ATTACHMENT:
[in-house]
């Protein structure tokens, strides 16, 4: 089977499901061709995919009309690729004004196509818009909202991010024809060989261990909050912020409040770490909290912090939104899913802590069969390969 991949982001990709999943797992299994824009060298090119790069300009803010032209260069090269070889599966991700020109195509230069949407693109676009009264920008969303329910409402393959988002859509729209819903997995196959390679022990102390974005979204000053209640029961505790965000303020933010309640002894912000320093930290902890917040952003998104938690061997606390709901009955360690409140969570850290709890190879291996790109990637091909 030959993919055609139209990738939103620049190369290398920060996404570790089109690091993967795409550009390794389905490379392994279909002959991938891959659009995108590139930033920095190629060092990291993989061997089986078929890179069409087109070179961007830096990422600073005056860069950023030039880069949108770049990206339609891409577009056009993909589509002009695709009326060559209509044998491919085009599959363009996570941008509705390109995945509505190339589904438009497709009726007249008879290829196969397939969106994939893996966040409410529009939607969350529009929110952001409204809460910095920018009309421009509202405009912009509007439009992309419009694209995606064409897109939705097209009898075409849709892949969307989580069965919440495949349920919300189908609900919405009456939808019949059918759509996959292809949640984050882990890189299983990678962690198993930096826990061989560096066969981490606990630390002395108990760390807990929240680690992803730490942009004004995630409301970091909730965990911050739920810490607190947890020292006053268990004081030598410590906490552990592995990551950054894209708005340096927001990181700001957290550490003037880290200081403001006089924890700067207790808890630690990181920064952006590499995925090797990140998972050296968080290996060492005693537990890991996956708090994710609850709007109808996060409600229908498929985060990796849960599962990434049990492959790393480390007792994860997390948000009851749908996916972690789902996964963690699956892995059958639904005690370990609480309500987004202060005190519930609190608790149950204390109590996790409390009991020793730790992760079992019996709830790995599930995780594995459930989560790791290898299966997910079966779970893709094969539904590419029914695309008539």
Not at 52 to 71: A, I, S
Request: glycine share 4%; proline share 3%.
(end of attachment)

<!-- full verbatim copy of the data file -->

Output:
[in-house]
């Protein structure tokens, strides 16, 4: 089977499901061709995919009309690729004004196509818009909202991010024809060989261990909050912020409040770490909290912090939104899913802590069969390969 991949982001990709999943797992299994824009060298090119790069300009803010032209260069090269070889599966991700020109195509230069949407693109676009009264920008969303329910409402393959988002859509729209819903997995196959390679022990102390974005979204000053209640029961505790965000303020933010309640002894912000320093930290902890917040952003998104938690061997606390709901009955360690409140969570850290709890190879291996790109990637091909 030959993919055609139209990738939103620049190369290398920060996404570790089109690091993967795409550009390794389905490379392994279909002959991938891959659009995108590139930033920095190629060092990291993989061997089986078929890179069409087109070179961007830096990422600073005056860069950023030039880069949108770049990206339609891409577009056009993909589509002009695709009326060559209509044998491919085009599959363009996570941008509705390109995945509505190339589904438009497709009726007249008879290829196969397939969106994939893996966040409410529009939607969350529009929110952001409204809460910095920018009309421009509202405009912009509007439009992309419009694209995606064409897109939705097209009898075409849709892949969307989580069965919440495949349920919300189908609900919405009456939808019949059918759509996959292809949640984050882990890189299983990678962690198993930096826990061989560096066969981490606990630390002395108990760390807990929240680690992803730490942009004004995630409301970091909730965990911050739920810490607190947890020292006053268990004081030598410590906490552990592995990551950054894209708005340096927001990181700001957290550490003037880290200081403001006089924890700067207790808890630690990181920064952006590499995925090797990140998972050296968080290996060492005693537990890991996956708090994710609850709007109808996060409600229908498929985060990796849960599962990434049990492959790393480390007792994860997390948000009851749908996916972690789902996964963690699956892995059958639904005690370990609480309500987004202060005190519930609190608790149950204390109590996790409390009991020793730790992760079992019996709830790995599930995780594995459930989560790791290898299966997910079966779970893709094969539904590419029914695309008539």
Not at 52 to 71: A, I, S
Request: glycine share 4%; proline share 3%.